Brielle, New Jersey

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Brielle, New Jersey
—  Borough  —
Motto: "A Community By the River"[1]
Map of Brielle in Monmouth County. Inset: Location of Monmouth County highlighted in the State of New Jersey.
Census Bureau map of Brielle, New Jersey
Coordinates: 40°06′18″N 74°03′46″W / 40.105062°N 74.062755°W / 40.105062; -74.062755Coordinates: 40°06′18″N 74°03′46″W / 40.105062°N 74.062755°W / 40.105062; -74.062755
CountryUnited States
StateNew Jersey
CountyMonmouth
IncorporatedJune 3, 1919
Government[2]
 • TypeBorough (New Jersey)
 • MayorThomas B. Nicol (term ends December 31, 2015)[3]
 • Administrator / ClerkThomas F. Nolan[4]
Area[5]
 • Total2.375 sq mi (6.151 km2)
 • Land1.757 sq mi (4.550 km2)
 • Water0.618 sq mi (1.601 km2)  26.02%
Elevation[6]20 ft (6 m)
Population (2010 Census)[7][8][9]
 • Total4,774
 • Density2,717.5/sq mi (1,049.2/km2)
Time zoneEastern (EST) (UTC-5)
 • Summer (DST)EDT (UTC-4)
ZIP code08730[10]
Area code(s)732/848
FIPS code3402507750[11][5][12]
GNIS feature ID0885170[13][5]
Websitehttp://www.briellenj.com/
 
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Brielle, New Jersey
—  Borough  —
Motto: "A Community By the River"[1]
Map of Brielle in Monmouth County. Inset: Location of Monmouth County highlighted in the State of New Jersey.
Census Bureau map of Brielle, New Jersey
Coordinates: 40°06′18″N 74°03′46″W / 40.105062°N 74.062755°W / 40.105062; -74.062755Coordinates: 40°06′18″N 74°03′46″W / 40.105062°N 74.062755°W / 40.105062; -74.062755
CountryUnited States
StateNew Jersey
CountyMonmouth
IncorporatedJune 3, 1919
Government[2]
 • TypeBorough (New Jersey)
 • MayorThomas B. Nicol (term ends December 31, 2015)[3]
 • Administrator / ClerkThomas F. Nolan[4]
Area[5]
 • Total2.375 sq mi (6.151 km2)
 • Land1.757 sq mi (4.550 km2)
 • Water0.618 sq mi (1.601 km2)  26.02%
Elevation[6]20 ft (6 m)
Population (2010 Census)[7][8][9]
 • Total4,774
 • Density2,717.5/sq mi (1,049.2/km2)
Time zoneEastern (EST) (UTC-5)
 • Summer (DST)EDT (UTC-4)
ZIP code08730[10]
Area code(s)732/848
FIPS code3402507750[11][5][12]
GNIS feature ID0885170[13][5]
Websitehttp://www.briellenj.com/

Brielle is a Borough located in southern Monmouth County, New Jersey along the Manasquan River. As of the 2010 United States Census, the borough population was 4,774,[7][8][9] reflecting a decline of 119 (-2.4%) from the 4,893 counted in the 2000 Census, which had in turn increased by 487 (+11.1%) from the 4,406 counted in the 1990 Census.[14]

Brielle was formed as a borough by an Act of the New Jersey Legislature on April 10, 1919, from portions of Wall Township, based on the results of a referendum passed on June 3, 1919.[15]

Contents

Geography

Brielle welcome sign at the border with Manasquan on Union Avenue.

Brielle is located at 40°06′18″N 74°03′46″W / 40.105062°N 74.062755°W / 40.105062; -74.062755 (40.105062,-74.062755). According to the United States Census Bureau, the borough had a total area of 2.375 square miles (6.151 km2), of which, 1.757 square miles (4.550 km2) of it is land and 0.618 square miles (1.601 km2) of it (26.02%) is water.[5][16]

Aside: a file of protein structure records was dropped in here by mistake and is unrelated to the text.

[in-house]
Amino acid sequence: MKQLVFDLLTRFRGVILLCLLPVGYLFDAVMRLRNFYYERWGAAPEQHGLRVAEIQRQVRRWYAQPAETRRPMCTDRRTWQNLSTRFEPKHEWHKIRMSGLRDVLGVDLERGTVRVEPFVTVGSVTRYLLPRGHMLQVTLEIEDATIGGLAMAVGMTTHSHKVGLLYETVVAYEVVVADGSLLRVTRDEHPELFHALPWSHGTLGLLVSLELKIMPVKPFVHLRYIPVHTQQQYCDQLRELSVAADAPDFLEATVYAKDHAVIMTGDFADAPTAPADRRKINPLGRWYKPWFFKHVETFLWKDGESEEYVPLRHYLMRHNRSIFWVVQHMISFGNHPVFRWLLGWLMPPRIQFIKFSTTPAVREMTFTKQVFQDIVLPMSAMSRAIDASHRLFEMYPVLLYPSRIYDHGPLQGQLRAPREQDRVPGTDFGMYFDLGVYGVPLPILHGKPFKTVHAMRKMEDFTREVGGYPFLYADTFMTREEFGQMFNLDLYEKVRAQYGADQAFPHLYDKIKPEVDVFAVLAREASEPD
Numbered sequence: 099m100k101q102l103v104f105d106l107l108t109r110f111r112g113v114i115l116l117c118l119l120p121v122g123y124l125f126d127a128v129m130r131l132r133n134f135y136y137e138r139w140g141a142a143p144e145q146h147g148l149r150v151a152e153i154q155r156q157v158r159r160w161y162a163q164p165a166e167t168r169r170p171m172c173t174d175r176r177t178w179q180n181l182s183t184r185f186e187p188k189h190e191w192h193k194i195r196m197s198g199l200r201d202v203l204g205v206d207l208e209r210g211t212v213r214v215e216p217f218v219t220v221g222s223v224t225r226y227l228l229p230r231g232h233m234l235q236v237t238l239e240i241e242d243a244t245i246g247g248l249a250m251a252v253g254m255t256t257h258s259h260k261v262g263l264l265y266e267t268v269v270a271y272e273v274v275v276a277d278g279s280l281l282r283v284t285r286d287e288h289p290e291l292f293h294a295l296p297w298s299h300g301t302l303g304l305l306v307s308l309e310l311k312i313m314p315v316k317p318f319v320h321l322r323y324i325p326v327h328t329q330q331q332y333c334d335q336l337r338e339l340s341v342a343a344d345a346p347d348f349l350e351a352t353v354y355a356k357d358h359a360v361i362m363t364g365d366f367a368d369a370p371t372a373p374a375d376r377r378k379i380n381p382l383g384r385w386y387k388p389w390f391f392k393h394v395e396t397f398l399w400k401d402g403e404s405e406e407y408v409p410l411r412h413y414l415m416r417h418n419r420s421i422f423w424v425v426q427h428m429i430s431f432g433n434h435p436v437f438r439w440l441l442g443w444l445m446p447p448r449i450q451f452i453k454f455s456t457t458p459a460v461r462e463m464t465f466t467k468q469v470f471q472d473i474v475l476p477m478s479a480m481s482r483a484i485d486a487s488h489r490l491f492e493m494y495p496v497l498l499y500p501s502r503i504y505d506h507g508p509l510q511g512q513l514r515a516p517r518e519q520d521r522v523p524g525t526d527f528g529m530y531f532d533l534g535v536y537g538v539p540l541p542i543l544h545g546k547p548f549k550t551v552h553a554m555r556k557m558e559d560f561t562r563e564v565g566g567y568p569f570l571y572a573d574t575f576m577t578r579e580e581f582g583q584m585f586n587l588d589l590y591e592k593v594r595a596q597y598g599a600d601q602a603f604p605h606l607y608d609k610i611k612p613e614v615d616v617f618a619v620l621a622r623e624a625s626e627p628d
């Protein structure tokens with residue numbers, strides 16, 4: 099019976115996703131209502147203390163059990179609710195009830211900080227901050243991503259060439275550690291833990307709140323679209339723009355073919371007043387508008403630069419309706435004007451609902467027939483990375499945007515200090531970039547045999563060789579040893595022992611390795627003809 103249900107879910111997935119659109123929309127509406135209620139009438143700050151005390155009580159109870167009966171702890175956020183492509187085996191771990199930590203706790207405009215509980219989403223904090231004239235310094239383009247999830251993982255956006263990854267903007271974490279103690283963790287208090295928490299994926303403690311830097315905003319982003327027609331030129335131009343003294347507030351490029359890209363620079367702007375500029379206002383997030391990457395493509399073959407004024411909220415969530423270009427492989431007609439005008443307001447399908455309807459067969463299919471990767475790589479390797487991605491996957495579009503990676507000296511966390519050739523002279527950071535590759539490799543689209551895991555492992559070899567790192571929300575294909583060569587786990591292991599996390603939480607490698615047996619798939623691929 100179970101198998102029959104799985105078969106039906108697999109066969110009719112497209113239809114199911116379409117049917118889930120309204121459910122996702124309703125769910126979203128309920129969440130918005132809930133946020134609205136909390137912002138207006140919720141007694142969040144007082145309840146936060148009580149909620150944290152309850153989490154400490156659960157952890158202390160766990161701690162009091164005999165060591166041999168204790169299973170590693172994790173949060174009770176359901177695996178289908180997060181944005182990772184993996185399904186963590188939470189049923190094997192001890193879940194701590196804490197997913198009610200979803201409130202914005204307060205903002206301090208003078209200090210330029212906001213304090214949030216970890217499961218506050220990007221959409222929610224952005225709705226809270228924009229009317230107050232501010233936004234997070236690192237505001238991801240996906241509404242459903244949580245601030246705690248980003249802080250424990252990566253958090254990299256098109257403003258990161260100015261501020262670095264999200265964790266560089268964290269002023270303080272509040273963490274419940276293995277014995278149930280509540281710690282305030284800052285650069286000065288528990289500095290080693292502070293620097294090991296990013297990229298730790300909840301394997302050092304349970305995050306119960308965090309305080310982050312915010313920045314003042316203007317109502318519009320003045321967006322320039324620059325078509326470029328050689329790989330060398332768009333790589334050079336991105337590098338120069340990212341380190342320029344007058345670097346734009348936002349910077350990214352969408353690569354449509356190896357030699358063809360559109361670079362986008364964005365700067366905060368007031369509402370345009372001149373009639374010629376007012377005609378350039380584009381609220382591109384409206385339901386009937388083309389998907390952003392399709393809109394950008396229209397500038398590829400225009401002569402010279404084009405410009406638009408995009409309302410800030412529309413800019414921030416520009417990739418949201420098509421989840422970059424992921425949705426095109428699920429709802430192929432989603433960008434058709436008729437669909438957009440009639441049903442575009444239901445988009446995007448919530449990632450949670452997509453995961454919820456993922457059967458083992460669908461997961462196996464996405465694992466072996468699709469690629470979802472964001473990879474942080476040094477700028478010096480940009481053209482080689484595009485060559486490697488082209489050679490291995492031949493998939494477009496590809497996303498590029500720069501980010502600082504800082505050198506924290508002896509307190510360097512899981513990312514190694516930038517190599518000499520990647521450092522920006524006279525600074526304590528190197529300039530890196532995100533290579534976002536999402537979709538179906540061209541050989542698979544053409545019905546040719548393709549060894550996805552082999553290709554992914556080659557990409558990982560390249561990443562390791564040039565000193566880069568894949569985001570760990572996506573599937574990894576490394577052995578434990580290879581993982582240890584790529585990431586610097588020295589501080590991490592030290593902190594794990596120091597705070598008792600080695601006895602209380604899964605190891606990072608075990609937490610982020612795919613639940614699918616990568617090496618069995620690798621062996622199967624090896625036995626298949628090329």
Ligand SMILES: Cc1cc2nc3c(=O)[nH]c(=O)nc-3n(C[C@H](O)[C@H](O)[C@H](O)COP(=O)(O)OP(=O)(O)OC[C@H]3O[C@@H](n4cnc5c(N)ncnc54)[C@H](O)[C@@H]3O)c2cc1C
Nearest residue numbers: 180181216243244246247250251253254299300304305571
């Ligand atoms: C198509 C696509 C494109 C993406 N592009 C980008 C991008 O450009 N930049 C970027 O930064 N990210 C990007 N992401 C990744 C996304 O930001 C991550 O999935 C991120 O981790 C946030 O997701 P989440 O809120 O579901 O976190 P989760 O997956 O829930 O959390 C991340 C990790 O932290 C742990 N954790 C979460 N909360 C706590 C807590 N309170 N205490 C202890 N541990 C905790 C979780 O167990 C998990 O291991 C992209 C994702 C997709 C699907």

Brielle is bordered to the north and east by the borough of Manasquan, to the west by Wall Township and to the south by the borough of Point Pleasant Beach across the Manasquan River. Route 35 runs through the middle of the town and Route 70 runs along its western edge.

The town is primarily a residential community of single homes, with a few condominiums; there are almost no undeveloped lots of land left. There are several businesses located along Union Avenue and Higgins Avenue and some marinas along the Manasquan River. Ripley's Believe It or Not! once stated that Brielle has "16 bars and no churches".[17] It currently has one church, The Church in Brielle (formerly the Dutch Reformed Church) and several restaurants that have a liquor license, but no true bars. There is also a 140 acres (0.57 km2) 18 hole Manasquan River Golf Club.

The town has approximately 6.4 kilometers (4.0 mi) of waterfront along the Manasquan River, Glimmerglass, and Debbie's Creek, all of which are salt water and tidal. Brielle's borders extend to an 8-acre (32,000 m2) island in the Manasquan River.

History

Archaeological excavations along what is now Birch Drive reveal temporary Lenape Native American settlements. The Lenape practiced farming in other parts of Monmouth County much of the year, and they visited this wooded area for hunting and fishing.

The area was originally part of Shrewsbury Township and the first settlers were primarily farmers, and the area became known as Union Landing. In colonial times, salt was an important preservative, and before the American Revolutionary War, most of it was imported from Great Britain. The Union Salt Works opened around the outbreak of the war, and on April 5, 1778, several British Loyalists attacked and burned the salt works and other buildings. A year later, the salt works reopened and continued to operate through the duration of the war.